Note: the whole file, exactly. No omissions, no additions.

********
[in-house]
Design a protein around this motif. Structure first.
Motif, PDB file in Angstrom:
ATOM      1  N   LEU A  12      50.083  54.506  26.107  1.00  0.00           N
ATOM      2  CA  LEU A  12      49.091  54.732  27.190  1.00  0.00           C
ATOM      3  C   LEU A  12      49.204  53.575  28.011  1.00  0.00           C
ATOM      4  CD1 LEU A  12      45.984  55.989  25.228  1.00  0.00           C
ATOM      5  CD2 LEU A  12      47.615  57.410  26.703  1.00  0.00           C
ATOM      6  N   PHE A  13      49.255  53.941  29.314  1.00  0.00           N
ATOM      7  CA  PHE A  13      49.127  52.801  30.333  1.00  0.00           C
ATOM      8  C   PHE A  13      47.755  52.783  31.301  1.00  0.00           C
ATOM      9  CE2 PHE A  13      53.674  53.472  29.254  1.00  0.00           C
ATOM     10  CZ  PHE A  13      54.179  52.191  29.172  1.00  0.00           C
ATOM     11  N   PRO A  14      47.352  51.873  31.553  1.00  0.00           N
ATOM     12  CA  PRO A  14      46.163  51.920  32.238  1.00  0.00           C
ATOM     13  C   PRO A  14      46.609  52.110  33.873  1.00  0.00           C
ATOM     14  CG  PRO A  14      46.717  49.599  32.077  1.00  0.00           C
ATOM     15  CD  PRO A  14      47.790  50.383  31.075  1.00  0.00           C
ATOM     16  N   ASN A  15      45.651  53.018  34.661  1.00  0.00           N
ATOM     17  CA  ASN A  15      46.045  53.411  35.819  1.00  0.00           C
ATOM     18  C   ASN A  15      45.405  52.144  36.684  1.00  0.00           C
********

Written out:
[in-house]
Design a protein around this motif. Structure first.
Motif, PDB file in Angstrom:
ATOM      1  N   LEU A  12      50.083  54.506  26.107  1.00  0.00           N
ATOM      2  CA  LEU A  12      49.091  54.732  27.190  1.00  0.00           C
ATOM      3  C   LEU A  12      49.204  53.575  28.011  1.00  0.00           C
ATOM      4  CD1 LEU A  12      45.984  55.989  25.228  1.00  0.00           C
ATOM      5  CD2 LEU A  12      47.615  57.410  26.703  1.00  0.00           C
ATOM      6  N   PHE A  13      49.255  53.941  29.314  1.00  0.00           N
ATOM      7  CA  PHE A  13      49.127  52.801  30.333  1.00  0.00           C
ATOM      8  C   PHE A  13      47.755  52.783  31.301  1.00  0.00           C
ATOM      9  CE2 PHE A  13      53.674  53.472  29.254  1.00  0.00           C
ATOM     10  CZ  PHE A  13      54.179  52.191  29.172  1.00  0.00           C
ATOM     11  N   PRO A  14      47.352  51.873  31.553  1.00  0.00           N
ATOM     12  CA  PRO A  14      46.163  51.920  32.238  1.00  0.00           C
ATOM     13  C   PRO A  14      46.609  52.110  33.873  1.00  0.00           C
ATOM     14  CG  PRO A  14      46.717  49.599  32.077  1.00  0.00           C
ATOM     15  CD  PRO A  14      47.790  50.383  31.075  1.00  0.00           C
ATOM     16  N   ASN A  15      45.651  53.018  34.661  1.00  0.00           N
ATOM     17  CA  ASN A  15      46.045  53.411  35.819  1.00  0.00           C
ATOM     18  C   ASN A  15      45.405  52.144  36.684  1.00  0.00           C